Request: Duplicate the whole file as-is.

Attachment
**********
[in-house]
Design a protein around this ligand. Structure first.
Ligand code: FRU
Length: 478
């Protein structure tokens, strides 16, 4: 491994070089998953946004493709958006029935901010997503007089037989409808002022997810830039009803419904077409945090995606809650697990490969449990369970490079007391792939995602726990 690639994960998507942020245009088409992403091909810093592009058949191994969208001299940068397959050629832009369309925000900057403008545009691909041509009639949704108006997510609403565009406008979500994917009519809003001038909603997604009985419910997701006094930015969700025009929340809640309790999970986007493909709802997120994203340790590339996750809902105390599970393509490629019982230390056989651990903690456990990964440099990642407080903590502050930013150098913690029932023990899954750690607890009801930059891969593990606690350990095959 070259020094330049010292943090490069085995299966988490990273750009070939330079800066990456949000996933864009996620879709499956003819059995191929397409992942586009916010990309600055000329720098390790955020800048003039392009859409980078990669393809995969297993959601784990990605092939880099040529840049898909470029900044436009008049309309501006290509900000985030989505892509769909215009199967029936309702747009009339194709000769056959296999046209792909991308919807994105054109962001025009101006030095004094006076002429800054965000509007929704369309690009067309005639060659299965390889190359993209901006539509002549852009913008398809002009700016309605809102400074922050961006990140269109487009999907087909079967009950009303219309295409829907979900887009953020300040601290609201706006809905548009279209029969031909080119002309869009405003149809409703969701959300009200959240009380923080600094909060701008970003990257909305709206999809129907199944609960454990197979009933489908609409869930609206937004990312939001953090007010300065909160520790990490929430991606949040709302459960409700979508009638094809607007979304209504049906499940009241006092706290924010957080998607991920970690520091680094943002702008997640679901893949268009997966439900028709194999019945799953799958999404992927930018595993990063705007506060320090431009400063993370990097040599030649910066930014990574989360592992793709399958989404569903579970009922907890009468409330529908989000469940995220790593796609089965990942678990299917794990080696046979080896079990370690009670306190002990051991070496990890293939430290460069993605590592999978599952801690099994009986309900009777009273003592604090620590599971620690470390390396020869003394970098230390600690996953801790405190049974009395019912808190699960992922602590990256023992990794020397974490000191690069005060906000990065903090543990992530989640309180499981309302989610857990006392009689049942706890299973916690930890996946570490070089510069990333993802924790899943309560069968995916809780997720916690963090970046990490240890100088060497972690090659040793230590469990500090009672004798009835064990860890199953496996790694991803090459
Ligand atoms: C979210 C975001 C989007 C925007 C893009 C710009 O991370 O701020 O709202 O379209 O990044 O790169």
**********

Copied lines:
[in-house]
Design a protein around this ligand. Structure first.
Ligand code: FRU
Length: 478
């Protein structure tokens, strides 16, 4: 491994070089998953946004493709958006029935901010997503007089037989409808002022997810830039009803419904077409945090995606809650697990490969449990369970490079007391792939995602726990 690639994960998507942020245009088409992403091909810093592009058949191994969208001299940068397959050629832009369309925000900057403008545009691909041509009639949704108006997510609403565009406008979500994917009519809003001038909603997604009985419910997701006094930015969700025009929340809640309790999970986007493909709802997120994203340790590339996750809902105390599970393509490629019982230390056989651990903690456990990964440099990642407080903590502050930013150098913690029932023990899954750690607890009801930059891969593990606690350990095959 070259020094330049010292943090490069085995299966988490990273750009070939330079800066990456949000996933864009996620879709499956003819059995191929397409992942586009916010990309600055000329720098390790955020800048003039392009859409980078990669393809995969297993959601784990990605092939880099040529840049898909470029900044436009008049309309501006290509900000985030989505892509769909215009199967029936309702747009009339194709000769056959296999046209792909991308919807994105054109962001025009101006030095004094006076002429800054965000509007929704369309690009067309005639060659299965390889190359993209901006539509002549852009913008398809002009700016309605809102400074922050961006990140269109487009999907087909079967009950009303219309295409829907979900887009953020300040601290609201706006809905548009279209029969031909080119002309869009405003149809409703969701959300009200959240009380923080600094909060701008970003990257909305709206999809129907199944609960454990197979009933489908609409869930609206937004990312939001953090007010300065909160520790990490929430991606949040709302459960409700979508009638094809607007979304209504049906499940009241006092706290924010957080998607991920970690520091680094943002702008997640679901893949268009997966439900028709194999019945799953799958999404992927930018595993990063705007506060320090431009400063993370990097040599030649910066930014990574989360592992793709399958989404569903579970009922907890009468409330529908989000469940995220790593796609089965990942678990299917794990080696046979080896079990370690009670306190002990051991070496990890293939430290460069993605590592999978599952801690099994009986309900009777009273003592604090620590599971620690470390390396020869003394970098230390600690996953801790405190049974009395019912808190699960992922602590990256023992990794020397974490000191690069005060906000990065903090543990992530989640309180499981309302989610857990006392009689049942706890299973916690930890996946570490070089510069990333993802924790899943309560069968995916809780997720916690963090970046990490240890100088060497972690090659040793230590469990500090009672004798009835064990860890199953496996790694991803090459
Ligand atoms: C979210 C975001 C989007 C925007 C893009 C710009 O991370 O701020 O709202 O379209 O990044 O790169």